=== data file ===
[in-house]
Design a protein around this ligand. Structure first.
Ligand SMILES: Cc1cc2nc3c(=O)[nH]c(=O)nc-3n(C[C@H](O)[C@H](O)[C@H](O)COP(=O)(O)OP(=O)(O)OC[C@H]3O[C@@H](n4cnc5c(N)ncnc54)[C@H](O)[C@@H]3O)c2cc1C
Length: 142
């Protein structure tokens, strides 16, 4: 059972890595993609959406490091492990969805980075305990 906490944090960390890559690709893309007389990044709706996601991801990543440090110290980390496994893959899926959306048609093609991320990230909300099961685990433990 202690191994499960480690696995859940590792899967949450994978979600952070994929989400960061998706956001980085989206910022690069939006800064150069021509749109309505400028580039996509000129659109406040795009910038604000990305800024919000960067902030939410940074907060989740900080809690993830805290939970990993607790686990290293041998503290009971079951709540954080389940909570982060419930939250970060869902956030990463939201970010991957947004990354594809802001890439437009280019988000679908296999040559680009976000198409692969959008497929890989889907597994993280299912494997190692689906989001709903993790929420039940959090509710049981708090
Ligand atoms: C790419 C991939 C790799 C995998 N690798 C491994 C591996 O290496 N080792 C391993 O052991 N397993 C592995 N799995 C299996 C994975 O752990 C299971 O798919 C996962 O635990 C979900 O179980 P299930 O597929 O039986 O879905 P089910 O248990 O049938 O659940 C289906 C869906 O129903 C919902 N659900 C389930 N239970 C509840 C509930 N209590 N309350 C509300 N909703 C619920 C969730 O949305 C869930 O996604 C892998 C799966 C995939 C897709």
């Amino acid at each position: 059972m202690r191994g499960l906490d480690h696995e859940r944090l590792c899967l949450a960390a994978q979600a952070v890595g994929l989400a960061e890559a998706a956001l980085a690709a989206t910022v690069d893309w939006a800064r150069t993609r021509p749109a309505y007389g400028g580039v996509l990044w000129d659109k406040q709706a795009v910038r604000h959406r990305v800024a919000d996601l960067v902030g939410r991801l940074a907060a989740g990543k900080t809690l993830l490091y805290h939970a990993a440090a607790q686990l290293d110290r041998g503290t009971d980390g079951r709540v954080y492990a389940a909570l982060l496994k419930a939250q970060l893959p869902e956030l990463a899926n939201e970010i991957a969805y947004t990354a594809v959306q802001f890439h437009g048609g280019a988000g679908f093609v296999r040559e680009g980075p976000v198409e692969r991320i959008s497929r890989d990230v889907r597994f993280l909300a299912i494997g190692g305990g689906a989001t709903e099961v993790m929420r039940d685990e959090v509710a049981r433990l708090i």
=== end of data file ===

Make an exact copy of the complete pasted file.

[in-house]
Design a protein around this ligand. Structure first.
Ligand SMILES: Cc1cc2nc3c(=O)[nH]c(=O)nc-3n(C[C@H](O)[C@H](O)[C@H](O)COP(=O)(O)OP(=O)(O)OC[C@H]3O[C@@H](n4cnc5c(N)ncnc54)[C@H](O)[C@@H]3O)c2cc1C
Length: 142
């Protein structure tokens, strides 16, 4: 059972890595993609959406490091492990969805980075305990 906490944090960390890559690709893309007389990044709706996601991801990543440090110290980390496994893959899926959306048609093609991320990230909300099961685990433990 202690191994499960480690696995859940590792899967949450994978979600952070994929989400960061998706956001980085989206910022690069939006800064150069021509749109309505400028580039996509000129659109406040795009910038604000990305800024919000960067902030939410940074907060989740900080809690993830805290939970990993607790686990290293041998503290009971079951709540954080389940909570982060419930939250970060869902956030990463939201970010991957947004990354594809802001890439437009280019988000679908296999040559680009976000198409692969959008497929890989889907597994993280299912494997190692689906989001709903993790929420039940959090509710049981708090
Ligand atoms: C790419 C991939 C790799 C995998 N690798 C491994 C591996 O290496 N080792 C391993 O052991 N397993 C592995 N799995 C299996 C994975 O752990 C299971 O798919 C996962 O635990 C979900 O179980 P299930 O597929 O039986 O879905 P089910 O248990 O049938 O659940 C289906 C869906 O129903 C919902 N659900 C389930 N239970 C509840 C509930 N209590 N309350 C509300 N909703 C619920 C969730 O949305 C869930 O996604 C892998 C799966 C995939 C897709």
């Amino acid at each position: 059972m202690r191994g499960l906490d480690h696995e859940r944090l590792c899967l949450a960390a994978q979600a952070v890595g994929l989400a960061e890559a998706a956001l980085a690709a989206t910022v690069d893309w939006a800064r150069t993609r021509p749109a309505y007389g400028g580039v996509l990044w000129d659109k406040q709706a795009v910038r604000h959406r990305v800024a919000d996601l960067v902030g939410r991801l940074a907060a989740g990543k900080t809690l993830l490091y805290h939970a990993a440090a607790q686990l290293d110290r041998g503290t009971d980390g079951r709540v954080y492990a389940a909570l982060l496994k419930a939250q970060l893959p869902e956030l990463a899926n939201e970010i991957a969805y947004t990354a594809v959306q802001f890439h437009g048609g280019a988000g679908f093609v296999r040559e680009g980075p976000v198409e692969r991320i959008s497929r890989d990230v889907r597994f993280l909300a299912i494997g190692g305990g689906a989001t709903e099961v993790m929420r039940d685990e959090v509710a049981r433990l708090i």